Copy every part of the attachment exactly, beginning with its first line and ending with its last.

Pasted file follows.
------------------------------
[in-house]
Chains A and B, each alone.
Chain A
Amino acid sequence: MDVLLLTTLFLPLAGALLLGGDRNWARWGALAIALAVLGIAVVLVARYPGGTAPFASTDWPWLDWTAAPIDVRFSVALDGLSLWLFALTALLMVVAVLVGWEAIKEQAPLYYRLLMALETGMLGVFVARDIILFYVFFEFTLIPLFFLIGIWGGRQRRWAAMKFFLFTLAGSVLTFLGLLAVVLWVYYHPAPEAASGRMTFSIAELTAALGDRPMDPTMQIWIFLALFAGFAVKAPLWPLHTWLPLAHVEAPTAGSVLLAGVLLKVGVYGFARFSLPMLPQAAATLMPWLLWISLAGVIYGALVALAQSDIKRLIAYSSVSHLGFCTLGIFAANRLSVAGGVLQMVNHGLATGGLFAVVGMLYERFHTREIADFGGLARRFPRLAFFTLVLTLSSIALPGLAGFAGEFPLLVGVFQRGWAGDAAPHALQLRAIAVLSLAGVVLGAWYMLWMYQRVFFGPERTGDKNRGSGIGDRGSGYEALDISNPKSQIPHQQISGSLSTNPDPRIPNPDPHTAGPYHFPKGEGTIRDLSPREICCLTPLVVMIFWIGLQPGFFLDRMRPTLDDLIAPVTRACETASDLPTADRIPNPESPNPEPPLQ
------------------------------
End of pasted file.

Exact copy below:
[in-house]
Chains A and B, each alone.
Chain A
Amino acid sequence: MDVLLLTTLFLPLAGALLLGGDRNWARWGALAIALAVLGIAVVLVARYPGGTAPFASTDWPWLDWTAAPIDVRFSVALDGLSLWLFALTALLMVVAVLVGWEAIKEQAPLYYRLLMALETGMLGVFVARDIILFYVFFEFTLIPLFFLIGIWGGRQRRWAAMKFFLFTLAGSVLTFLGLLAVVLWVYYHPAPEAASGRMTFSIAELTAALGDRPMDPTMQIWIFLALFAGFAVKAPLWPLHTWLPLAHVEAPTAGSVLLAGVLLKVGVYGFARFSLPMLPQAAATLMPWLLWISLAGVIYGALVALAQSDIKRLIAYSSVSHLGFCTLGIFAANRLSVAGGVLQMVNHGLATGGLFAVVGMLYERFHTREIADFGGLARRFPRLAFFTLVLTLSSIALPGLAGFAGEFPLLVGVFQRGWAGDAAPHALQLRAIAVLSLAGVVLGAWYMLWMYQRVFFGPERTGDKNRGSGIGDRGSGYEALDISNPKSQIPHQQISGSLSTNPDPRIPNPDPHTAGPYHFPKGEGTIRDLSPREICCLTPLVVMIFWIGLQPGFFLDRMRPTLDDLIAPVTRACETASDLPTADRIPNPESPNPEPPLQ